top of page
Search
  • petcommunitycenter

My Pet is Lost. What Do I Do?



It is a good idea to know what to do in case your worst fear is realized and you find your pet is lost. It is frightening, but no matter how conscientious a pet parent you are, the unthinkable can happen. Many of us, especially we who have indoor-only pets are positive “that could never happen to me.” To put it bluntly, you are wrong. 


To start with, there are some realities you need to understand. For one, fences, regular or invisible, are not infallible. Some dogs, and breeds, are diggers by nature, and others can clear some pretty high fences. Some will run through an invisible fence if the lure is strong enough and not want to get a jolt on the way back.  


Or, a door might not quite latch and something irresistible, such as prey (squirrel!) or another dog or cat who needs to be played with or protected against might be in sight. Backyard parties with many people going in and out are a perfect opportunity for an interested animal to break out of a pet gate and go exploring.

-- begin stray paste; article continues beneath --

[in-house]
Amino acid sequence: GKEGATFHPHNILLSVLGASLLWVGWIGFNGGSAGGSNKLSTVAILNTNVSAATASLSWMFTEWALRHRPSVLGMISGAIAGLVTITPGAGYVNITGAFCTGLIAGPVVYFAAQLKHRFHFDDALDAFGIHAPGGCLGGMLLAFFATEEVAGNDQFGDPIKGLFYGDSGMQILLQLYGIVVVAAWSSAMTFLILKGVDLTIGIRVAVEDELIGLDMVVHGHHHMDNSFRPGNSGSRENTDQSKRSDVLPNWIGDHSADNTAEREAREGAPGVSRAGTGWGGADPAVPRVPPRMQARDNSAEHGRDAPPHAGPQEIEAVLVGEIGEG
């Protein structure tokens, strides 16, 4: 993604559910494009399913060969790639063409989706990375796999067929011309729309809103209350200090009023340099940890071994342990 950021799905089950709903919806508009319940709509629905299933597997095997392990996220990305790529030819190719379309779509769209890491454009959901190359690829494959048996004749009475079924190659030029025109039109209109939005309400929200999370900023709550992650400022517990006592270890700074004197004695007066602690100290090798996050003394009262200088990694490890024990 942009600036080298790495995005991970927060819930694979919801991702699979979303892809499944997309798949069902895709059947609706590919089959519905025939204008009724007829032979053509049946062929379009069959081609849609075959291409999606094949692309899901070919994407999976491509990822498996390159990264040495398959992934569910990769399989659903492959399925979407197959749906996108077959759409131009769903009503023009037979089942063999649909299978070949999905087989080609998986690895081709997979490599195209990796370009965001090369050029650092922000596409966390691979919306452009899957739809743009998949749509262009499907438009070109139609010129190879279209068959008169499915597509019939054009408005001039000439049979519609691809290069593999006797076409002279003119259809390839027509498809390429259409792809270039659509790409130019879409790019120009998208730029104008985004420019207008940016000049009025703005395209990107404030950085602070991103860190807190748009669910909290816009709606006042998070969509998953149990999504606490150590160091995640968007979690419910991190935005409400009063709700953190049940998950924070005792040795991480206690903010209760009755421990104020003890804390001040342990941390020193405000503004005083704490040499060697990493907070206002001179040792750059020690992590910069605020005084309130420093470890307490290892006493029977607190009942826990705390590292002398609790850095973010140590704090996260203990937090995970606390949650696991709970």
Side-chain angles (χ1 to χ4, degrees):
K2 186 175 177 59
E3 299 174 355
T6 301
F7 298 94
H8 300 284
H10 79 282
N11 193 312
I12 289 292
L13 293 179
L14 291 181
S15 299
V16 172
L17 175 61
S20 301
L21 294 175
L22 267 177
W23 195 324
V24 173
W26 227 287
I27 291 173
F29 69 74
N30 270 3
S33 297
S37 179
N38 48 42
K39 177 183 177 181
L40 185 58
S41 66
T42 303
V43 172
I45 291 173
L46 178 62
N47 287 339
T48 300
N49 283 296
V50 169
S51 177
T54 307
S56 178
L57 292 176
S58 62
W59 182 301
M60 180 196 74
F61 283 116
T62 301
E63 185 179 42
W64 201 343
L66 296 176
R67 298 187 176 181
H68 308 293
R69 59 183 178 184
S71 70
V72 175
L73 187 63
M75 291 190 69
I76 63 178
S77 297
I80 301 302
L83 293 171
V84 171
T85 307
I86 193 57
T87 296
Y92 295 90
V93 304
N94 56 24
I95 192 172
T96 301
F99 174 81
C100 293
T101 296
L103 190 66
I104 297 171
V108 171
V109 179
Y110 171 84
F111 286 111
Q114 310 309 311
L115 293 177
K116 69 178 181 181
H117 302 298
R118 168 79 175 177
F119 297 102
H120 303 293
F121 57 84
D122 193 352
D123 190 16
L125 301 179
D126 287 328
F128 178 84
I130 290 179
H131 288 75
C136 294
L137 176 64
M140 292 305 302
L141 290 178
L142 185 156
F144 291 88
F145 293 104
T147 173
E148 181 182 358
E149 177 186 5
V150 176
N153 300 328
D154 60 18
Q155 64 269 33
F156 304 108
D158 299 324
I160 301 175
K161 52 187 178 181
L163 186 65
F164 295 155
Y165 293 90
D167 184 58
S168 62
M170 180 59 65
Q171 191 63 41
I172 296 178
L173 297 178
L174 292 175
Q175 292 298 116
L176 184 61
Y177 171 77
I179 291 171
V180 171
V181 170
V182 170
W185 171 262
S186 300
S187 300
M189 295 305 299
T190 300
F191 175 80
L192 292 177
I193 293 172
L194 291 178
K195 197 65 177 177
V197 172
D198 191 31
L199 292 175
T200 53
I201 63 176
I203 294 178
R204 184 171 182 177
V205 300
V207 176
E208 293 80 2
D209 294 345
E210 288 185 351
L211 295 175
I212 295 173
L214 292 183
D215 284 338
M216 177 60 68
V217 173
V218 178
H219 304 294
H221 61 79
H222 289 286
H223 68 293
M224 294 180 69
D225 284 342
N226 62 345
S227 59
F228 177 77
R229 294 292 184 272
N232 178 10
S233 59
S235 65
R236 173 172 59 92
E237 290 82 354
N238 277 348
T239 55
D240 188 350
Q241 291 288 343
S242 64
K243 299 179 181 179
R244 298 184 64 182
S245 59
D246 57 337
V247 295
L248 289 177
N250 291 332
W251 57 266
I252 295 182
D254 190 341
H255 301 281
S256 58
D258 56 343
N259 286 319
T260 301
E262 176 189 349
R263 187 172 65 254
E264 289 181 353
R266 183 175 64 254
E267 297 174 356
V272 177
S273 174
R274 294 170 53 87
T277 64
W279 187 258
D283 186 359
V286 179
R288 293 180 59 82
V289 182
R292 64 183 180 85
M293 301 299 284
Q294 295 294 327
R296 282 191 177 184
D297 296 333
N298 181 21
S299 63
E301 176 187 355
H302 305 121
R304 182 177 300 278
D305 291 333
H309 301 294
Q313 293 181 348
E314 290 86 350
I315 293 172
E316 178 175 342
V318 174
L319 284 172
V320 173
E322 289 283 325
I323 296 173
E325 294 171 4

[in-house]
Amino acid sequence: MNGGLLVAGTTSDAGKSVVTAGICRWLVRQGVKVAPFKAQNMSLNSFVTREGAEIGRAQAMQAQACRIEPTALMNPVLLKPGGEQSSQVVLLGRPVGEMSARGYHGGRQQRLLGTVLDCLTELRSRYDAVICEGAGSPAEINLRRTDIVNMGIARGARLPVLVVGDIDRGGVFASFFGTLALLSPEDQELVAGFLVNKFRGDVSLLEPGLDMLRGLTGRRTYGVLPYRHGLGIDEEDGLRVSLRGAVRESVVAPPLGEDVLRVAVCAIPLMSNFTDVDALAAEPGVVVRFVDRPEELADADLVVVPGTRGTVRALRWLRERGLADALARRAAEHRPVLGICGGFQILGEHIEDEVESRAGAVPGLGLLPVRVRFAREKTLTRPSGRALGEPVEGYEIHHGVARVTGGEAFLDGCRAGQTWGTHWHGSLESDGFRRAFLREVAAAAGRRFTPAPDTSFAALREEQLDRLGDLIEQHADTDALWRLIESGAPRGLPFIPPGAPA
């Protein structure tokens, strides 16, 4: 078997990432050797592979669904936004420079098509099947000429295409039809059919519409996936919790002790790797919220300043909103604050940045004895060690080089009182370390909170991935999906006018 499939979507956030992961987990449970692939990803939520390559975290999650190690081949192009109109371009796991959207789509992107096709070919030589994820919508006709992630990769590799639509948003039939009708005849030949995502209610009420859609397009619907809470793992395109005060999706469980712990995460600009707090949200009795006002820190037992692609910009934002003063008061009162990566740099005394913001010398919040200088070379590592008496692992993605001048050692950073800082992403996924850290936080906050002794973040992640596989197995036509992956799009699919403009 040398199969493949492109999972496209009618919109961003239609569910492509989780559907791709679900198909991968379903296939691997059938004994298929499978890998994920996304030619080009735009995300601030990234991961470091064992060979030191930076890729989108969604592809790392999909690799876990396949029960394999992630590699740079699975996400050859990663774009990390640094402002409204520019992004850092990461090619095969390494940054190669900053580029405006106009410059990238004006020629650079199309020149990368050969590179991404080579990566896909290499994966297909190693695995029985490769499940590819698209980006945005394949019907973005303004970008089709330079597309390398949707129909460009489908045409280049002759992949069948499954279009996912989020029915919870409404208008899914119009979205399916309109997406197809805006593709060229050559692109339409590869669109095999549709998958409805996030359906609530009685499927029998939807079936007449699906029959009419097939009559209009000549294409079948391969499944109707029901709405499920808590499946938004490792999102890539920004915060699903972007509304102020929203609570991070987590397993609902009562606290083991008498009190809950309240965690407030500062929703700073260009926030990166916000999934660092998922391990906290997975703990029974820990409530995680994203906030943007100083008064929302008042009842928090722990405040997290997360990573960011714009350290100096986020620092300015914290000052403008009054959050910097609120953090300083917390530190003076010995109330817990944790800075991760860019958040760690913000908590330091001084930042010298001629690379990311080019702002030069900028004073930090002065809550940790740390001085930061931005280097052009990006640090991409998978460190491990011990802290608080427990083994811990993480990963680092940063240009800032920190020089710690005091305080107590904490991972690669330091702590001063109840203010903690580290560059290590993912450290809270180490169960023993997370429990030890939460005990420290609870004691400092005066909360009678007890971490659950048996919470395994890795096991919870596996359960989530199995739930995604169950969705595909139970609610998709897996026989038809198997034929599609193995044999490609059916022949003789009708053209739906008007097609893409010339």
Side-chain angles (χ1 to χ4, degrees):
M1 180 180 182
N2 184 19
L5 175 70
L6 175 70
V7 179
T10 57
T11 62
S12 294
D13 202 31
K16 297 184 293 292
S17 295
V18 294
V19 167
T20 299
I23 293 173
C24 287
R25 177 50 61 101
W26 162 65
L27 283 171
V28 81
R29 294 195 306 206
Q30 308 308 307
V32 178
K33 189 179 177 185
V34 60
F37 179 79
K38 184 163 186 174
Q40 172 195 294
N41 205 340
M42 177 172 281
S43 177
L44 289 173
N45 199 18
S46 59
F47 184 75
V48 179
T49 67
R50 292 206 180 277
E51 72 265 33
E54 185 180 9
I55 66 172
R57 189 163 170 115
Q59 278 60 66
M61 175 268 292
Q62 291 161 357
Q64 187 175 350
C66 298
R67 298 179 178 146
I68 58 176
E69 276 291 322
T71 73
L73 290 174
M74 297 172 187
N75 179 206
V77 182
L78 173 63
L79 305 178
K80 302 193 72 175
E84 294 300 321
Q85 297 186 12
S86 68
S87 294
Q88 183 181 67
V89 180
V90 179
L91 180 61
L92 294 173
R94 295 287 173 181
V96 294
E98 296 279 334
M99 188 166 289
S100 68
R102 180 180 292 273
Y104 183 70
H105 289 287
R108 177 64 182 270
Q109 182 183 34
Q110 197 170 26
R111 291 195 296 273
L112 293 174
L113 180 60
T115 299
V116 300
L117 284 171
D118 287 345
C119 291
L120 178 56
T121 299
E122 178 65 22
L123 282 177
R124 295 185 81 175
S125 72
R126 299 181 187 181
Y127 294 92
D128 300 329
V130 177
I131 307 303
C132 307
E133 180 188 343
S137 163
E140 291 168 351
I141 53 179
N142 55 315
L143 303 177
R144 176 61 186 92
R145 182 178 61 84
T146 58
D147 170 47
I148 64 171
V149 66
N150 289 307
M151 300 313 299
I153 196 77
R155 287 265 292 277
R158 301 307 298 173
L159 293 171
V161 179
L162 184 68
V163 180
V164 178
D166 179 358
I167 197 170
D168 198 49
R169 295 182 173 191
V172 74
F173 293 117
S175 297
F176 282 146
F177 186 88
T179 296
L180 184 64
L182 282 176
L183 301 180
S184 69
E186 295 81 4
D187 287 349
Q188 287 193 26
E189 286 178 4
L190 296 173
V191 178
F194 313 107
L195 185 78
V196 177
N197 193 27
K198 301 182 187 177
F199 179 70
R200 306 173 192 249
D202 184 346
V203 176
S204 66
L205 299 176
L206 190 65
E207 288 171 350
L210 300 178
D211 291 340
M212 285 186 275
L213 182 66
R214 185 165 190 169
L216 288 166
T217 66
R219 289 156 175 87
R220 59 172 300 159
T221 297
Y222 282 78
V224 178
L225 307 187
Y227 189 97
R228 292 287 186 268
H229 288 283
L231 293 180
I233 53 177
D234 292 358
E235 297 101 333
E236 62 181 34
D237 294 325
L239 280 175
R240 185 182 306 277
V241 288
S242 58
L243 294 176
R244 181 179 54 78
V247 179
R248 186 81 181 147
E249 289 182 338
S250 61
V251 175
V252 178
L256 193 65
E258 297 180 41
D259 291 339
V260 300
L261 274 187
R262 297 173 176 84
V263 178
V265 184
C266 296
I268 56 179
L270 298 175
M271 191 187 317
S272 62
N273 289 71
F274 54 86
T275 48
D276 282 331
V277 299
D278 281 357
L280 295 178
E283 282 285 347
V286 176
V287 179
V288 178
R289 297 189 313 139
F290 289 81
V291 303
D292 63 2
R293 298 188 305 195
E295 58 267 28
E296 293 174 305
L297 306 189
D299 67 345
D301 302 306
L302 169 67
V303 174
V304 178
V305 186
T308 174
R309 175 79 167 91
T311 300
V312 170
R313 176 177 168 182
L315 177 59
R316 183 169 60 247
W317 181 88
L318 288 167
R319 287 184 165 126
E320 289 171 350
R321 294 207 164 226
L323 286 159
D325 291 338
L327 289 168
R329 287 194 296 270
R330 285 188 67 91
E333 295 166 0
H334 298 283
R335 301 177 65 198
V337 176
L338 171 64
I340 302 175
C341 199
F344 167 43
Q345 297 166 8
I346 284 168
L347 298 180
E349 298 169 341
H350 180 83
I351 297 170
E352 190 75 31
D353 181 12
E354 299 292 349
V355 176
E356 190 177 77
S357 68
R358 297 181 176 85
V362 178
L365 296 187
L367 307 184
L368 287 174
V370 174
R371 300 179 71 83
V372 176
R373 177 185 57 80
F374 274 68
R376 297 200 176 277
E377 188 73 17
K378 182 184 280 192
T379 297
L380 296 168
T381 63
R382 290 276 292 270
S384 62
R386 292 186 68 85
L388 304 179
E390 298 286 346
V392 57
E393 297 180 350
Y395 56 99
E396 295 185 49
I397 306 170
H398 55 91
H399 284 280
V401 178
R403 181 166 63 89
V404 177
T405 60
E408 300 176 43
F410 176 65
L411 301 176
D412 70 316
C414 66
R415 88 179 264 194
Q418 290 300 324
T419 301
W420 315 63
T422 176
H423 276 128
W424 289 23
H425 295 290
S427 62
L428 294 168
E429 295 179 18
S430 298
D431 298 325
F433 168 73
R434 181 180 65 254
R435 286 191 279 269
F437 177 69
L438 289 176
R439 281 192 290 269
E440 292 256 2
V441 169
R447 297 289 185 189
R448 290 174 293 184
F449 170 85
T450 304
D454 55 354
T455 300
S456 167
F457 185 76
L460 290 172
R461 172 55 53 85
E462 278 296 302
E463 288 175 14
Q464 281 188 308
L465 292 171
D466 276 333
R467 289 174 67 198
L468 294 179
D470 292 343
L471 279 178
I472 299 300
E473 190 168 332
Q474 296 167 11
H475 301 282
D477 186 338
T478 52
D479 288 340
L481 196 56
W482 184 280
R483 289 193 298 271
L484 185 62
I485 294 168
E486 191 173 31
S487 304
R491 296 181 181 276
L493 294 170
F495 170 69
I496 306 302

Fireworks are a pet parent’s worst enemy; July Fourth sees more lost pets than any other day of the year because loud noises are terrifying to many dogs and cats. You should be vigilant that day to protect them - secure them in a quiet room, and if possible check on them every now and then to calm them. It should be noted that many people shoot fireworks on the days before and after the Fourth, so you might want to keep them in the house then as well.


The good news is, there are several steps you can take to make it easier for your pet to be found and returned. The key word is identification



Have your pet wear a collar with their name and your current phone number and address on it.